#47

Did you dip the TPM samples in IPA afterward to rinse them off? Love to hear more about your workflow.


#48

I didn’t dip TPM sample in IPA. Basically swirl it around in first ‘rough wash’ container, then periodic agitation in second ‘finish wash’ container. Total of 10minutes. Then one day drying (I think I had to still blow some air at TPM sample afterwords). I am thinking about having two containers for rough and semi-finish wash and then Form Wash for final cleaning, all with TPM. I think that way the largest volume of TPA will stay clean for way longer.

Probably the biggest thing I learned is not to touch any surface until after cure. Another thing is that I am setting touch points as low as I can (0.10mm). It seems to support things ok and I can remove model from supports just by pulling on it. Basically just like in formlabs intro video.
Alex


#49

aokin,
Are you dealing directly with Hess or have they given you distributor, also, have they quoted you the various volumes available and costs. I am very interested in this solution and would greatly appreciate your inputs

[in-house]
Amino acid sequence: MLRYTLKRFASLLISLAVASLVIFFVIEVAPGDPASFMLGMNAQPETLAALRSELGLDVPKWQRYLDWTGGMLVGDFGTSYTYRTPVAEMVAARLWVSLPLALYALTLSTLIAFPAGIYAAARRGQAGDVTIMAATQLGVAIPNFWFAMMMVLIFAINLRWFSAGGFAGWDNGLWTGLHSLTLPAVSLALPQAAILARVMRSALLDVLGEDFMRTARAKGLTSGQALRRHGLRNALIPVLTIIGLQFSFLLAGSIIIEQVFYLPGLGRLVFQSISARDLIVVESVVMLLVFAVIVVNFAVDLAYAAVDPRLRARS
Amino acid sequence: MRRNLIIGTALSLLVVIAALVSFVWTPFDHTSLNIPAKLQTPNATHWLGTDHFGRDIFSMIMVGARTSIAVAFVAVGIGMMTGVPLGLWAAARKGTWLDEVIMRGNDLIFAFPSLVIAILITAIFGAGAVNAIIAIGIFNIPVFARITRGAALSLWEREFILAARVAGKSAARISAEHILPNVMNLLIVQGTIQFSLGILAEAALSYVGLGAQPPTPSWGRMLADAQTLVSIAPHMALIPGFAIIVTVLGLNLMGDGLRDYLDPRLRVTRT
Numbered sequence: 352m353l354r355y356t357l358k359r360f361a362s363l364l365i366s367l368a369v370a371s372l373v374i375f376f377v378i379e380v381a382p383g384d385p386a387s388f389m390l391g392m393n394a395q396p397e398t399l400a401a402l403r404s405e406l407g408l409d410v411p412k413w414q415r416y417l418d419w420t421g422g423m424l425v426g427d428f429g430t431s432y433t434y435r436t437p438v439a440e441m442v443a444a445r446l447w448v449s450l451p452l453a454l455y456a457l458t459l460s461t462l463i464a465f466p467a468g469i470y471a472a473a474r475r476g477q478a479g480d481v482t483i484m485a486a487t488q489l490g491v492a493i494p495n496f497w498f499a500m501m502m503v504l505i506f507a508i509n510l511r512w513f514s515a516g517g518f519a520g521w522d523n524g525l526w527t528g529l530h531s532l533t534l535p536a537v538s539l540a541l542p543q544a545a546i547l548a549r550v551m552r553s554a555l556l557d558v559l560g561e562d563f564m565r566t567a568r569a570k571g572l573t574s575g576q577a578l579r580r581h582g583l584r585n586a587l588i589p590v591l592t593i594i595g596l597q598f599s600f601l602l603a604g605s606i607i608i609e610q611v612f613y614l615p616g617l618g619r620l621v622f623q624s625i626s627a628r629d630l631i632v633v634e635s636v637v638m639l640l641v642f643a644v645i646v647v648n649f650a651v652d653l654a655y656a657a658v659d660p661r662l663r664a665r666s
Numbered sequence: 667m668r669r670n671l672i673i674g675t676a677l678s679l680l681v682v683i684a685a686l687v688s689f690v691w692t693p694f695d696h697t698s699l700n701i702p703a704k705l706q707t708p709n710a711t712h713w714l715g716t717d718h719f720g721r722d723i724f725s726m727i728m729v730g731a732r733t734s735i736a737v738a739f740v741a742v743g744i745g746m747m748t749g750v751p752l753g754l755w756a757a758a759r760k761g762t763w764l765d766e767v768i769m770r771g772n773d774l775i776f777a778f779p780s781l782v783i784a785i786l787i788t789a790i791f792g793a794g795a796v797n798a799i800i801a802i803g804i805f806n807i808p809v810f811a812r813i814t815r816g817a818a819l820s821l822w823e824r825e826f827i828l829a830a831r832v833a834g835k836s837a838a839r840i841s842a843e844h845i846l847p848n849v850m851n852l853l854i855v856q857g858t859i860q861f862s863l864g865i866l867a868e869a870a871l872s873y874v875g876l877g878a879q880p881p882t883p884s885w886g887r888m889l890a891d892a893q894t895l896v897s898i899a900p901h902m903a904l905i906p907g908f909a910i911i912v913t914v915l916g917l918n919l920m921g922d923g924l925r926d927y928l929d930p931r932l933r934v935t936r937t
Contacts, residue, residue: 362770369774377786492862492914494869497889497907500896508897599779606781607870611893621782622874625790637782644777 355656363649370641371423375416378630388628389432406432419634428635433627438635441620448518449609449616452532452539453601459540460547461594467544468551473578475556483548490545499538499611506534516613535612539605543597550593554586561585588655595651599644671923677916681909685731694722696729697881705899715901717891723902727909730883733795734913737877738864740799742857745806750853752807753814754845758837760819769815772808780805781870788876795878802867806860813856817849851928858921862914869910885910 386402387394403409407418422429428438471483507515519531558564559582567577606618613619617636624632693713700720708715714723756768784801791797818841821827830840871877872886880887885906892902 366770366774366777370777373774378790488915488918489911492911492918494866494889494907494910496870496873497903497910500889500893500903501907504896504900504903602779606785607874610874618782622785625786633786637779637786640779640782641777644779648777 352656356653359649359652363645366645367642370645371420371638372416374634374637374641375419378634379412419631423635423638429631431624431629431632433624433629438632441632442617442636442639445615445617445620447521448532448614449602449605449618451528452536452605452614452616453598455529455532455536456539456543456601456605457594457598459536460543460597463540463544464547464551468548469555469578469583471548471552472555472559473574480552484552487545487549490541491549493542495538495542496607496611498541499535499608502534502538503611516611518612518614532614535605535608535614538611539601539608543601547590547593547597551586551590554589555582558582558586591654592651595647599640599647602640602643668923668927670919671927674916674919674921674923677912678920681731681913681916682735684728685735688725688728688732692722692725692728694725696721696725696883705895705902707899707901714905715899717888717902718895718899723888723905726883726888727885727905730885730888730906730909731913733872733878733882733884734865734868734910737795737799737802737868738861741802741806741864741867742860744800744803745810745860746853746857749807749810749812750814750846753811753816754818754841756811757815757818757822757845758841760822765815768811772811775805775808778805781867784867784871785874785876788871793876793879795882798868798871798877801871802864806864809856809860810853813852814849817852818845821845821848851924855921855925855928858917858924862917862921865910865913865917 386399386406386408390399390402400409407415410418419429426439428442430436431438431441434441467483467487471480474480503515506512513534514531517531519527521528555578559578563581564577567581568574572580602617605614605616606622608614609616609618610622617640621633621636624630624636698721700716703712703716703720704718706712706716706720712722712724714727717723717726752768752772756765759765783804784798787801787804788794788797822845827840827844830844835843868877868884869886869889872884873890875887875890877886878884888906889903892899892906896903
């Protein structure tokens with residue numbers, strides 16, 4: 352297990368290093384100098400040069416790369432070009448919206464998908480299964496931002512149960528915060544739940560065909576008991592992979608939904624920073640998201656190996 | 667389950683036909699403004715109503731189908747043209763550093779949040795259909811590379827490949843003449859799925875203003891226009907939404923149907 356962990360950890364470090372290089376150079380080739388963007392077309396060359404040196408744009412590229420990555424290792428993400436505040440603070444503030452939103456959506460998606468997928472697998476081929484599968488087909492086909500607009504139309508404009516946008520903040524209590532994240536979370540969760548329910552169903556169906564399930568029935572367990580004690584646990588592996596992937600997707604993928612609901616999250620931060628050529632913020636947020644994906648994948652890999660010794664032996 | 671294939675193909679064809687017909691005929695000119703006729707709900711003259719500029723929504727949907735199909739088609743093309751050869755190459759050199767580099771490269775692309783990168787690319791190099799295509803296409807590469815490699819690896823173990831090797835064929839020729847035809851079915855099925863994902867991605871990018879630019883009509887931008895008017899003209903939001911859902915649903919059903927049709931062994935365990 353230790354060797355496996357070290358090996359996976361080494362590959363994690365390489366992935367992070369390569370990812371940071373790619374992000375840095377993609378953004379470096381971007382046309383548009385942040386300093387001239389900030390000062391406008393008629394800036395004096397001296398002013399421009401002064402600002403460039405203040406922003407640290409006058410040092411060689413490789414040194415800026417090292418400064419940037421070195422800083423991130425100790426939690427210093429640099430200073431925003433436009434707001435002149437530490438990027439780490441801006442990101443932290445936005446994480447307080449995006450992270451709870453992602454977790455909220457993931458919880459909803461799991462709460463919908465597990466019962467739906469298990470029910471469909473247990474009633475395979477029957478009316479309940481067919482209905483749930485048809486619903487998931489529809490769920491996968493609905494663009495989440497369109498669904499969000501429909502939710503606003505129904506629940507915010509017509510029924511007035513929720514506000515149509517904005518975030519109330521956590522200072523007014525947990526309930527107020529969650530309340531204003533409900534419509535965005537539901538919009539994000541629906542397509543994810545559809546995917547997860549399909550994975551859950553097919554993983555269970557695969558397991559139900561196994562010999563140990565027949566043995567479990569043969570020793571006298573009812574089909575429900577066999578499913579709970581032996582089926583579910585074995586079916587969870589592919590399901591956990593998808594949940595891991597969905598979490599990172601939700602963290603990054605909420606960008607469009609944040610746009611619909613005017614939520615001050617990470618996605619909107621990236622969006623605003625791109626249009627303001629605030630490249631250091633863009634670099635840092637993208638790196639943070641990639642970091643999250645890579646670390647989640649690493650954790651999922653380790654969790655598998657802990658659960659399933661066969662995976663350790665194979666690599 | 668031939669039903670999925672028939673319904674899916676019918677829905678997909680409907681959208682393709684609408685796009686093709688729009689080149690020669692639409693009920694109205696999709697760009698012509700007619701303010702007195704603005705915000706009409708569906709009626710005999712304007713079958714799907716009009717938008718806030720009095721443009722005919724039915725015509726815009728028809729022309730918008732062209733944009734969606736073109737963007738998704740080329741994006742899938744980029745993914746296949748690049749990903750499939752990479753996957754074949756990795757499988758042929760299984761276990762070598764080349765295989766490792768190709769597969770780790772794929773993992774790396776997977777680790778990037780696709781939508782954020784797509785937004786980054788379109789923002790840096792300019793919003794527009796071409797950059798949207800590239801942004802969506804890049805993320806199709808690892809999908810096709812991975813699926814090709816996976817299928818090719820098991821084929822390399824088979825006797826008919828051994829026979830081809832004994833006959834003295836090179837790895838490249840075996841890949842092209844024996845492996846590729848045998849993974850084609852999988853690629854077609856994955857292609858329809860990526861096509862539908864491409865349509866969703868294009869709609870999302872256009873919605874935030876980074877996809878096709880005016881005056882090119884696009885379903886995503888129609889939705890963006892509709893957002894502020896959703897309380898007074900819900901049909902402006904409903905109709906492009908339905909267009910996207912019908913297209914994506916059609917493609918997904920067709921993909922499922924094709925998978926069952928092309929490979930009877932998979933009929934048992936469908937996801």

TIA


#50

Anyone know a source for TPA in Canada? Is this the right stuff? https://www.sigmaaldrich.com/catalog/product/aldrich/302864?lang=en&region=CA


#51

I contacted the company directly. The minimum they sell is 5gal for $325. I am not sure if there are discounts for higher qty.
Alex


#52

I’ve just tried DPM again using a water bath as a rinse. It was obvious that the way water droplets were forming on the surface of the pieces that the water bath needs a wetting agent. So a good slug of washing up liquid in the water bath has helped the water drain off the prints and means they will dry without the need of an air blast.


#53

One alternative to IPA that works well is to use heated ultrasonic cleaner and some washing detergent - see videos on YouTube:

The price is very low (2 EUR per liter and below) and the liquids are easily available locally. The final results look better than IPA. I put all data into a single document with hyperlinksCleaning SLA printed resin.pdf (306.0 KB)